Sometimes I think of school 504 meetings somewhat like what I imagine goes on in the preparation for an NFL football game.  The coaches (apart from the players) come up with a game plan.  Then the team has to  play the game and carry out the plan.

The plan may work beautifully.  Then again, the plan may blow up.  It may not work.

What’s the link between the NFL pregame strategizing and a 504 planning meeting?

Just like in the NFL pregame strategizing, in a 504 meeting the parents and teachers (usually apart from the child) put their heads together and come out with what they think is a plan that will work.

Ideas are tossed around in the 504 meeting.  Things like:

“I think he should have extra time.”

“Let’s put him in the front of the room.”

“We’ll let him use this high-tech spell checker.”

“We’ll sign his homework planner.”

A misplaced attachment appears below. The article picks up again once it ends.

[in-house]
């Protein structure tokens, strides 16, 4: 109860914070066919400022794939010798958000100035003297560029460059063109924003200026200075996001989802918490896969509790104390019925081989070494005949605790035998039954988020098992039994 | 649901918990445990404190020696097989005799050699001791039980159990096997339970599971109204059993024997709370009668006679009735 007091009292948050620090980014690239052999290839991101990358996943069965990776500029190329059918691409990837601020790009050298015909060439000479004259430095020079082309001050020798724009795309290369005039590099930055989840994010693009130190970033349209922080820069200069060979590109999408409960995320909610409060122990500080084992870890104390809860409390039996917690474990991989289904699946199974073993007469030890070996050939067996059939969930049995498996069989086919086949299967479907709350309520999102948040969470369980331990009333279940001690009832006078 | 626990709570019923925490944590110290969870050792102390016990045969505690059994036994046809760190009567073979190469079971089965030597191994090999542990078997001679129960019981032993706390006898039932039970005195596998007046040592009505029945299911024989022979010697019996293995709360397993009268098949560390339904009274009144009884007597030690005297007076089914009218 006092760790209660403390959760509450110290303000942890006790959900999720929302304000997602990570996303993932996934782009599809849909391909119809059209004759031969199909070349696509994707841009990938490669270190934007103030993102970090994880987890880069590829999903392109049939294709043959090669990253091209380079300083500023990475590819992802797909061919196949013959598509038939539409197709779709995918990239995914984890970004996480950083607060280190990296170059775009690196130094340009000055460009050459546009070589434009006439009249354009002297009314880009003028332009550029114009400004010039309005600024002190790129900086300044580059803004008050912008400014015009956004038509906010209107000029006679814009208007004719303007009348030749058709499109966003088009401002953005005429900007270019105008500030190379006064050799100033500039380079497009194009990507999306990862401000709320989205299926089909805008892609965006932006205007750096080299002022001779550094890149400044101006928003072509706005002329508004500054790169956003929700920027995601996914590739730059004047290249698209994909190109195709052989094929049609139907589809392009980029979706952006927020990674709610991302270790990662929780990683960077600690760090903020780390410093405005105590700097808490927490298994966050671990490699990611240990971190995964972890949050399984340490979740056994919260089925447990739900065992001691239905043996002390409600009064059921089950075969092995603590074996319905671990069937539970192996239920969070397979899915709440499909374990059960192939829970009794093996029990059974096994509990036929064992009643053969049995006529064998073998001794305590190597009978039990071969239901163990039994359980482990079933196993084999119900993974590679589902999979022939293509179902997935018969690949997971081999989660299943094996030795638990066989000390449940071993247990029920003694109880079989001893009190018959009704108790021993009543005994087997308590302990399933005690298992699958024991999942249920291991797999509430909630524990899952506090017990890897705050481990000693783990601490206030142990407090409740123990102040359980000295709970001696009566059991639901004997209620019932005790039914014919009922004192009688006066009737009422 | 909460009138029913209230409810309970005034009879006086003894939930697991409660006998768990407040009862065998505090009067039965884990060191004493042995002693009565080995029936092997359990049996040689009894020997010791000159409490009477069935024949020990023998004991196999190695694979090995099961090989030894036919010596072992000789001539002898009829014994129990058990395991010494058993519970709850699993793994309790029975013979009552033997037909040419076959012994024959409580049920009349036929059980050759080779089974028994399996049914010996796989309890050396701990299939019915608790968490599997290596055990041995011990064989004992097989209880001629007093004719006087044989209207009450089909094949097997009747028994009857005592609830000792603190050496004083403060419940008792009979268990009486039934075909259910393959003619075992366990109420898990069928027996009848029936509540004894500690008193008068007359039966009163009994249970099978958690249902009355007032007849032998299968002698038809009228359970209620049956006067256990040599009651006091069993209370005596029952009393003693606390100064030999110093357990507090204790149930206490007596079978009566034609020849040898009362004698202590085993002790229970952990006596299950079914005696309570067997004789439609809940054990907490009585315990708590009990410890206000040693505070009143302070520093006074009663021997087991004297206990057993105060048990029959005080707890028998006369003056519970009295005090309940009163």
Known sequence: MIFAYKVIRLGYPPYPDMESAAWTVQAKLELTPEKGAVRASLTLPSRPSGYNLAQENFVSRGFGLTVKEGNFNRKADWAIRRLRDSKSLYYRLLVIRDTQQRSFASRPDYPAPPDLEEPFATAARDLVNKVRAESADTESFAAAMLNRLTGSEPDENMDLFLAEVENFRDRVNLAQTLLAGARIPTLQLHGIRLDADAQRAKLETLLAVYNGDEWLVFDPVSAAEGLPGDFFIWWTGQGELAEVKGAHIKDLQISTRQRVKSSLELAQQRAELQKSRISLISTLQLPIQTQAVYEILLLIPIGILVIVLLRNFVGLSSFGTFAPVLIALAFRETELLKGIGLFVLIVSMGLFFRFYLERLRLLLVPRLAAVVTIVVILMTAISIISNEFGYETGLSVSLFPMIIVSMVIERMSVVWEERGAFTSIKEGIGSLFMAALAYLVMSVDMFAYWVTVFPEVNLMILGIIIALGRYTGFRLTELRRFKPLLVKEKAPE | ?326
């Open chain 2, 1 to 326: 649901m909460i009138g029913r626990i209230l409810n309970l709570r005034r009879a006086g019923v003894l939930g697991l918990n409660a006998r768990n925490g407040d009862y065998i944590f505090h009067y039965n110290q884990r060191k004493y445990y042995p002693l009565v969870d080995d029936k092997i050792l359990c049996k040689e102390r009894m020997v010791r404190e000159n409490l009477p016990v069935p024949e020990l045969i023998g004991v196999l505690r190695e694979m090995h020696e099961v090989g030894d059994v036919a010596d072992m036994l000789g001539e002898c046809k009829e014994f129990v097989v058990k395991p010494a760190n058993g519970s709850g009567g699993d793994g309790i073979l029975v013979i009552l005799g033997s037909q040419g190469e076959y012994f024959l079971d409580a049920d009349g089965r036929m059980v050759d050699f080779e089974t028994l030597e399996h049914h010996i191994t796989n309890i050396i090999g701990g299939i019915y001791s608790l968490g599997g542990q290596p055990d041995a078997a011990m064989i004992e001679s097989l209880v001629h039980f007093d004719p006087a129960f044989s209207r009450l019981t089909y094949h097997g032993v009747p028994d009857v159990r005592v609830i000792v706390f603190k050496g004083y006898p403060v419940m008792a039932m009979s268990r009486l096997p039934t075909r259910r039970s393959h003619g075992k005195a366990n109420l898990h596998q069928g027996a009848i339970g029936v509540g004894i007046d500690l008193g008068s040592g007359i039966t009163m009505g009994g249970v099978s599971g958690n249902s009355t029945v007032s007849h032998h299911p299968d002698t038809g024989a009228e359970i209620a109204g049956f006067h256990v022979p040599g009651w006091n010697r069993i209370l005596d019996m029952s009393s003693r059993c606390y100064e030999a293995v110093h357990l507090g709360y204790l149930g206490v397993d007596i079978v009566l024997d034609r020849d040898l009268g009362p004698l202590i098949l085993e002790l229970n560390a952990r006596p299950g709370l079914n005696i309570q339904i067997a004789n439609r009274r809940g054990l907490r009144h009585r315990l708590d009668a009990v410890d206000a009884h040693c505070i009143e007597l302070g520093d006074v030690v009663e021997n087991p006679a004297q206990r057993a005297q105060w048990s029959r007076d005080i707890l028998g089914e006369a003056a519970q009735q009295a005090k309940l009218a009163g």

On and on it goes.  (I’ve seen 504 evaluation reports from outside professionals that have over 20 accommodations.)

Sometimes the plans are effective.  Sometimes they are not.

Another problem comes in that sometimes the kid doesn’t want what is being plotted in the meeting.  There aren’t too many kids that I know with ADHD, for example, who want more time, which is the single most recommended 504 accommodation.  If anything, they want less.  They want to be done with the tasks that they detest – like reading.

The takeaway point is that the plots hatched in the pregame strategizing or in the 504 planning session may not work.  Adjustments may need to be made.

What sounds good on paper, may not be so great in real life.